Marc Shaiman: It was when Mary Poppins’ birthday falls on a full moon, the animals in the zoo become the spectators and the humans are in the cages. so we wrote a song called “The Anthropomorphic Zoo.” The Sherman Brothers wrote a song called “The Chimpanzoo.”
When you’re writing a song for Mary Poppins Returns and you’re writing to a singer’s abilities, how do you keep it with the theme of the movie?
Marc Shaiman: You’re juggling. Just multitasking creatively, and you’ve got the director. The director is the final say. And Scott and I sometimes do have different ideas about where it might go. Then there’s the performer.
But then there’s Emily. It’s nice that her voice sits in a slightly different place than Julie Andrews. That would be another reason why people ask, “Are the original songs sung in the movie?” It would be unfair to the performers to ask them to actually sing a song that Julie Andrews sang, or that Dick Van Dyke sang.
How was making Mary Poppins Returns different from what you’ve done before?
Scott Wittman: It really was a dream, it’s a wish your heart makes. That four months we were in a hotel room in New York, just thinking about it. It’s the best time I’ve ever had in a hotel room. Creatively!
That was sort of a magical experience because Rob is such a person of the theater, and we come from the theater. It was like working on a Broadway musical.
Marc Shaiman: I’ve worked with hundreds of directors, but Rob is singular in his vision and he’s straightforward. The blinders are up. So it gives you a confidence. The ship won’t go down.
We would write songs and then we’d demo them. We write the lyrics together where we just phrase-associate with each other for days until we have it all written down. Then I scotch tape all those phrases to the piano…
Scott Wittman: And just pray that something goes right.
Marc Shaiman: This movie was a whole other experience because Rob hired us because he knew I also score films. It’s a different kind of beast. A different kind of muscle to exercise.
So I also had him know that melodies for the songs could form a solid score. Not just sort of a wisp of a melody here or there. But a real foundation.
We wrote, “Can You Imagine That” which was our fourth attempt to write for that slot. We kept writing songs and Rob would go, “That’s great. Remember, it’s the first time Mary Poppins has sung on screen in 54 years.”
So we’d go back and write another song. After we wrote that one, Scott said, “Now remember, play it like a score, too.”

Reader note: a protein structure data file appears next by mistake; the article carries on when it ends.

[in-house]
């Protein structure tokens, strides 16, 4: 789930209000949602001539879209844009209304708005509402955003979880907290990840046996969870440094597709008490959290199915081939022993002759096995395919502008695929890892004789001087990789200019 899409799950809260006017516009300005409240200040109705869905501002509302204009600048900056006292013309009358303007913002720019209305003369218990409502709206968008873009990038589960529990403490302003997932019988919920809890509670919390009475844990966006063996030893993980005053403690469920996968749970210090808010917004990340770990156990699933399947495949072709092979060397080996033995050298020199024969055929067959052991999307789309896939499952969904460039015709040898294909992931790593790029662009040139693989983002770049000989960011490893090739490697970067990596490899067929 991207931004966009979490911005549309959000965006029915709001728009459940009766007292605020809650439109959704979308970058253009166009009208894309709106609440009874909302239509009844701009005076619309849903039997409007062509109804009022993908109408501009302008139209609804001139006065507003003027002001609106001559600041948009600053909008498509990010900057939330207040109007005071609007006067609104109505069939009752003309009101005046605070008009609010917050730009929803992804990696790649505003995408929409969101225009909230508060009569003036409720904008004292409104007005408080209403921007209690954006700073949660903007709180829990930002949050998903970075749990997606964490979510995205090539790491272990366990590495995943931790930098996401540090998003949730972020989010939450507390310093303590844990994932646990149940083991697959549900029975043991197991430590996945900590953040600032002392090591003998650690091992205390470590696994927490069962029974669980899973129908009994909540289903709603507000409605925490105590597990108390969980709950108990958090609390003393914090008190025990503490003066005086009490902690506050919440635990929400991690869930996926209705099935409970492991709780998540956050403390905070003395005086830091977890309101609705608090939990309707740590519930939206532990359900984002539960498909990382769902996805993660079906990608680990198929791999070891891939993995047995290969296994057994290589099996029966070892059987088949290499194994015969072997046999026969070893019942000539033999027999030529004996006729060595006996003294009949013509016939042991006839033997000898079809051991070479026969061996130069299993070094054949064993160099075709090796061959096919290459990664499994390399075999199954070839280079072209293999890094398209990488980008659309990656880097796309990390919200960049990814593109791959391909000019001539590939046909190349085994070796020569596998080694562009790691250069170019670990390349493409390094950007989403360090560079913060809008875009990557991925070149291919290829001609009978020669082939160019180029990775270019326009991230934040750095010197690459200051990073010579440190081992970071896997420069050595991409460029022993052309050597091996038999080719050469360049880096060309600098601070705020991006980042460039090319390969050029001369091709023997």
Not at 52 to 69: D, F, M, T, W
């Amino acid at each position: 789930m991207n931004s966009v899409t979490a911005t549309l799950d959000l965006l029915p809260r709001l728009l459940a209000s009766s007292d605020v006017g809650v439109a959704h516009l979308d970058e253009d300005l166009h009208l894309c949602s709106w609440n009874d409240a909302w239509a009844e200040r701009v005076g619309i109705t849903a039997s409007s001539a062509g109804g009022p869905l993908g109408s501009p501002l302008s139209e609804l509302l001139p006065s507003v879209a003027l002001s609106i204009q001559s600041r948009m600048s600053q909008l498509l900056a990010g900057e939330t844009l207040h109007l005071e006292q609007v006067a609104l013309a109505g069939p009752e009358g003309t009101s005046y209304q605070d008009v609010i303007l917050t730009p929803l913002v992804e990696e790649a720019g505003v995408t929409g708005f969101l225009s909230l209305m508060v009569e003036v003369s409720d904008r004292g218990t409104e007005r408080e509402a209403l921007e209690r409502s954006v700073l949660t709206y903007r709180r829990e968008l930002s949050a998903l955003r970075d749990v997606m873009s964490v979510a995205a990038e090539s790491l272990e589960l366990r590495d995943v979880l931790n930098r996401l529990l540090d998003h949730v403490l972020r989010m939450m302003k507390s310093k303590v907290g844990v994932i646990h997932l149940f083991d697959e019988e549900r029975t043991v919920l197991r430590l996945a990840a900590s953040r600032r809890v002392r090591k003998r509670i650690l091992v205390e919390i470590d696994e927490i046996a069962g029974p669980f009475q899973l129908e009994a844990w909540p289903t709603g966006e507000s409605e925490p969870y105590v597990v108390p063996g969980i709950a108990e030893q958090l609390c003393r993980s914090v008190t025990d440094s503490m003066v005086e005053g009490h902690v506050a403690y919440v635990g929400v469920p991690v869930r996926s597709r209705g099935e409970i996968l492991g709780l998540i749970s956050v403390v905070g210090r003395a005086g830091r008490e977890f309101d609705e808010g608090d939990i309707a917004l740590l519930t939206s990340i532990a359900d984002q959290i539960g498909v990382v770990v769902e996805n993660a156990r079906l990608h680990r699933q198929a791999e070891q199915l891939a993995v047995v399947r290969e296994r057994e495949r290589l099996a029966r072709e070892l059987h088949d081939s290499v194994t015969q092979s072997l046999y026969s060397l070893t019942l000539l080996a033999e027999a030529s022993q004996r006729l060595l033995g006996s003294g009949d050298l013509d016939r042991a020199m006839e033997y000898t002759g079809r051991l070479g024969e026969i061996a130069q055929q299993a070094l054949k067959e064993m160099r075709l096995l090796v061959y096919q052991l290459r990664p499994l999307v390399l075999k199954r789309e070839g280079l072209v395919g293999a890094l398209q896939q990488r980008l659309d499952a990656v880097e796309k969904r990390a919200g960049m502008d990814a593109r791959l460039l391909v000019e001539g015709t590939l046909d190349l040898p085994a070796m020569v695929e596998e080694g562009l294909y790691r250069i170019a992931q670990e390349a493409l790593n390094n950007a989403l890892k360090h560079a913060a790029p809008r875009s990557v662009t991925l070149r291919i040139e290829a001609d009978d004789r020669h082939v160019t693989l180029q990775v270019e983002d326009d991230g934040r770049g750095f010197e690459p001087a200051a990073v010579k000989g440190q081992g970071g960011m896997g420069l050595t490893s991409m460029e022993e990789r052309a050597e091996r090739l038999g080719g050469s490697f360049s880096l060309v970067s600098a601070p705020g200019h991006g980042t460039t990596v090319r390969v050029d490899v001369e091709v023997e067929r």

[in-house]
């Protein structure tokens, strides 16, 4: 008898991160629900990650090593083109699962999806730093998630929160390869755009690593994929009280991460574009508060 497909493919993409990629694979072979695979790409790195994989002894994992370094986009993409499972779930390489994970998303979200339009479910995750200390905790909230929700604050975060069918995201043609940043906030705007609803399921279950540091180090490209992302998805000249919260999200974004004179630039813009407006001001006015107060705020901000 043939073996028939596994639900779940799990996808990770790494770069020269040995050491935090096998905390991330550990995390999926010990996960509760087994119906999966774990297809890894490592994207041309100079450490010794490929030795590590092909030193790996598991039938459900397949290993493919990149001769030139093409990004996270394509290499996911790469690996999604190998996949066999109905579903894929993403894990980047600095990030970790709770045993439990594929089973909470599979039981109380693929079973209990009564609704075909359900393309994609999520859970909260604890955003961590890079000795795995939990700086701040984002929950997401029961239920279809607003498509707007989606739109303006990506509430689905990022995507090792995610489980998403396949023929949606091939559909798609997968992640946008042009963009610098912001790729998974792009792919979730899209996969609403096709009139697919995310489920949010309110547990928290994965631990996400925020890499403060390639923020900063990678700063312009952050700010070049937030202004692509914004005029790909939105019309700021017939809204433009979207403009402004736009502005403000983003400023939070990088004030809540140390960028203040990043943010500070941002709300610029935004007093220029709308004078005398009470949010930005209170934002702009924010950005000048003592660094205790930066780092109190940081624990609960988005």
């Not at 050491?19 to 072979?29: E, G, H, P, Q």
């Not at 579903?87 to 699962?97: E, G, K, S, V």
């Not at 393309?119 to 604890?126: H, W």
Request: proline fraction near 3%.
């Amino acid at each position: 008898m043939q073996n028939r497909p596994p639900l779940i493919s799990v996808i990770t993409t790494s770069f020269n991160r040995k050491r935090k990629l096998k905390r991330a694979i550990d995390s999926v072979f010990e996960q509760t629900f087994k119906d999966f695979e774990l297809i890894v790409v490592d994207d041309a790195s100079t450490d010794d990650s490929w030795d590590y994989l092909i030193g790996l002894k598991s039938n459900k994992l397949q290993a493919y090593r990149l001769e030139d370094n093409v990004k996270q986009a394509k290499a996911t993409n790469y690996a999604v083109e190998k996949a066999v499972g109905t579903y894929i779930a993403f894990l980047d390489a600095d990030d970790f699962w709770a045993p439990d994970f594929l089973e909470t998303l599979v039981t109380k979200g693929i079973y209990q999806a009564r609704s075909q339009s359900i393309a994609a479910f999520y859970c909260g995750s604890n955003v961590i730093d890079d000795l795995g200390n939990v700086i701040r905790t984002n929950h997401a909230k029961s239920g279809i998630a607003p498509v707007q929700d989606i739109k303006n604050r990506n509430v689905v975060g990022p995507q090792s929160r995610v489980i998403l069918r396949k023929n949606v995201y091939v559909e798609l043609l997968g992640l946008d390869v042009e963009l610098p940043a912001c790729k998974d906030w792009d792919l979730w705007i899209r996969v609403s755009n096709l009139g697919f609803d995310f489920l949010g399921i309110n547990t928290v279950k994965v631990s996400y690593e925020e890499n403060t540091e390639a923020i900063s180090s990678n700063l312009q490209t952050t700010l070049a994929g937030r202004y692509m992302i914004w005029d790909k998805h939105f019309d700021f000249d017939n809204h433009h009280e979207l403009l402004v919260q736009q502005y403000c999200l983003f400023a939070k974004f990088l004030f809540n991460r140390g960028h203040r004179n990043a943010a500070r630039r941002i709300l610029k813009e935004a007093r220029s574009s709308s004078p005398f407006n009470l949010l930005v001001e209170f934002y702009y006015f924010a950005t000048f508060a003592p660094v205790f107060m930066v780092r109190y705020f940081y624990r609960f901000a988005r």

So besides singing it, a la Mary Poppins, I sat down and played it. And that’s what you hear as the main theme of Mary Poppins Returns throughout. If you slow it down and put slightly different chords on it, it creates a whole other atmosphere.
Scott Wittman: It becomes Mary’s theme.
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About Mary Poppins Returns
In Disney’s “Mary Poppins Returns,” an all new original musical and sequel, Mary Poppins is back to help the next generation of the Banks family find the joy and wonder missing in their lives following a personal loss.
Emily Blunt stars as the practically-perfect nanny with unique magical skills who can turn any ordinary task into an unforgettable, fantastic adventure and Lin-Manuel Miranda plays her friend Jack, an optimistic street lamplighter who helps bring light—and life—to the streets of London.
“Mary Poppins Returns” is directed by Rob Marshall and the screenplay is by David Magee. The screen story is by Magee & Rob Marshall & John DeLuca and it’s based upon the Mary Poppins Stories written by PL Travers.
The producers are John DeLuca, p.g.a., Rob Marshall, p.g.a. and Marc Platt, p.g.a. with Callum McDougall serving as executive producer. The music score is by Marc Shaiman and the film features all new original songs with music by Shaiman and lyrics by Scott Wittman and Shaiman.
The film is set in 1930s Depression-era London, almost 25 years after the original Mary Poppins took place. The grown Michael Banks works for the same financial institution that employed his father. He still lives at 17 Cherry Tree Lane with his three children, Annabel, John and Georgie, along with Ellen, their housekeeper.
Jane Banks continues in her mother’s honor as she campaigns for workers’ rights and offers a helping hand to Michael’s family.
When the Banks family suffers a personal loss, Mary Poppins magically returns to their lives. With Jack’s help, she brings joy and wonder back into their home at Cherry Tree Lane.
The film also stars Ben Whishaw as Michael Banks; Emily Mortimer as Jane Banks; Julie Walters as Ellen; Pixie Davies, Nathanael Saleh and introducing Joel Dawson as the Banks’ children, with Colin Firth as William Weatherall Wilkins; and Meryl Streep as Mary’s cousin, Topsy. Angela Lansbury appears as the Balloon Lady, a treasured character from the PL Travers books and Dick Van Dyke appears as Mr. Dawes, Jr., a retired chairman of the bank that’s now run by Firth’s character.